RootProject’s Currency-Nonprofit Feedback Loop

You’ve Missed the Most Important Part of Cryptocurrencies.

The author, Dr. Nicholas Adams Judge, is a cofounder of RootProject.  The other cofounder is Chris Place, a Y Combinator alumnus.  Their nonprofit’s pre-ICO started July 10, 2017.

I’m a political economist.  I wrote my doctoral dissertation on models of currency markets.  The power of cryptocurrencies is greater than even those in the cryptocurrency community have understood.  

I write ‘political economist’ instead of plain ‘economist’ because I focus on institutions as well as markets.  Institutions determine who wins wars, what countries get to be free, and the pace of economic growth.  The best way to think about cryptocurrencies?  Ask what new institutional capacities they create.  

To do that, put away your theory, put away your ideology.  No one cares.  Instead, think about feedback loops.  Raise .99 to a large number, you get zero.  Raise 1.01 to a large number, you approach infinity.  If each day an institution’s efforts multiply its last day’s effects by 99%, it fails.  If that number becomes 101%, it scales, it becomes a Google or Apple – until something pushes that number back below 1.

The genius of cryptocurrencies is that a liquid asset can be designed along with a new institution to create a currency value—institutional size feedback loop.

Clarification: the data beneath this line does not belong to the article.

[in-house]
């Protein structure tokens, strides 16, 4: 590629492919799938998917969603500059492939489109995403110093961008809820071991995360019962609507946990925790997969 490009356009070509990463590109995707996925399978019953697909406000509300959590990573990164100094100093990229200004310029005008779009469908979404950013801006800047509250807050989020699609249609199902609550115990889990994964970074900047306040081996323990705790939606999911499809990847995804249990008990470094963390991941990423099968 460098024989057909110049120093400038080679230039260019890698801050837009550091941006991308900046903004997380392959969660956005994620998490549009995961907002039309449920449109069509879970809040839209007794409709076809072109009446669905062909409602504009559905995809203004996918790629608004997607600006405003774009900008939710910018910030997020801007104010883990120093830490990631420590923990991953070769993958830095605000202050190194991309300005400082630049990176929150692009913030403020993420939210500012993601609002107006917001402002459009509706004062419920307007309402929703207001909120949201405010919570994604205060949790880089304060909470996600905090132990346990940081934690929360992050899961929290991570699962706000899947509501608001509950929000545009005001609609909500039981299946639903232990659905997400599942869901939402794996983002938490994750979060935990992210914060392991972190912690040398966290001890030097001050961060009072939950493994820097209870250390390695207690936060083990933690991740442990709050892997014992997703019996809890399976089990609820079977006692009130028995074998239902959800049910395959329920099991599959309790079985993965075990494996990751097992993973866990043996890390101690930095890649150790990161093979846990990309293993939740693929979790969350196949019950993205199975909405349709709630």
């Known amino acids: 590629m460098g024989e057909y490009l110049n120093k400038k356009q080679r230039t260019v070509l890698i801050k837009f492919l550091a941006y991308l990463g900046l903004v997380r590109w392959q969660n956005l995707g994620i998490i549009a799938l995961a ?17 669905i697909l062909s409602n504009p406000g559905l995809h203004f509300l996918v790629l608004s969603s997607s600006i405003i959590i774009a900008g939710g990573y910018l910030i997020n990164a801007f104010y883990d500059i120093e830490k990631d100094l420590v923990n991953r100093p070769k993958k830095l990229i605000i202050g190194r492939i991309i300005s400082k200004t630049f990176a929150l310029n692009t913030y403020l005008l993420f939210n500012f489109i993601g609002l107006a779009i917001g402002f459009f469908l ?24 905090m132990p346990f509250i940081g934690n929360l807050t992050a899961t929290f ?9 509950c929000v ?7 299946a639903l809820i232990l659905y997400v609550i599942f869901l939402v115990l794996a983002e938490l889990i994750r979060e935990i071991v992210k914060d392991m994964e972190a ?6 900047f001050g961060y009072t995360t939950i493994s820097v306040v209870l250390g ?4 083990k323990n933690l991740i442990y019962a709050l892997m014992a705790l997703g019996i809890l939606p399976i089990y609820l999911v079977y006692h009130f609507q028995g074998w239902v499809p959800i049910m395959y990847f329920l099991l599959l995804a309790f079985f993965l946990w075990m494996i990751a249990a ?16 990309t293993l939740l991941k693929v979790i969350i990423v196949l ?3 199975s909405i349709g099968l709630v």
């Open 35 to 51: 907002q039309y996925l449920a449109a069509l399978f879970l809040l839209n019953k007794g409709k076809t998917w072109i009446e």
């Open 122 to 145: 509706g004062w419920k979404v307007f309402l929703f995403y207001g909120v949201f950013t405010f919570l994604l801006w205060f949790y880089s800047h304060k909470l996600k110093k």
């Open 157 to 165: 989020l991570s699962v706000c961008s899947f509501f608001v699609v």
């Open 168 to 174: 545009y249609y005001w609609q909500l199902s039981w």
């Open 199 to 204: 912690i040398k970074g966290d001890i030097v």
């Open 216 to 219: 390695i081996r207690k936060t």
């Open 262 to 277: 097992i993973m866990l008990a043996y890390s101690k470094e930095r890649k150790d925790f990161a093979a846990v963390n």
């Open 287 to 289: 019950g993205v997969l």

feedback loop    

Call it the Feedback Loop theory of cryptocurrencies.  Its most exciting consequence:  Value can be created for investors from non profit-seeking behavior.   The cryptocurrency brings the power of markets, and investor self-interest to the table; the nonprofit brings the moral relevance.

That does create dangers for nonprofits – but that’s like saying bitcoin can be used by smugglers, so let’s give it up.  It misses the bigger story.

Let’s illustrate the major story here by what we’re doing at RootProject, whose pre-ICO is currently under way.  Each part is simple.  How they come together is illustrated in the figure above.    

  • A crowdfunding platform lets people and institutions raise money for projects that help the neighborhood or local businesses.  Instead of a typical crowdfunding fee, 10% of funds raised gets put into purchasing our currency, ROOTS, on the open market, driving price up.   We call this the currency-as-fee model.  
  • A nonprofit is based on a new set of programs in American cities.  We know from recent data that these day-work programs are very effective at lifting people out of extreme poverty.  Importantly, it also lets most donations be tax deductible, which in the United States is effectively a 30-40% government subsidy.  
  • Workers (and one manager) get paid to complete the project out of the other 90% of funds (this 90% project spend rate is typical for the very best-run nonprofits).  Workers get paid in USD, but then on top of that get 50% of that deposited in a medium-term pension fund that holds (only) our cryptocurrency.  Like the 10% fee, the currency for the pension fund is purchased on the open market – again, driving prices up.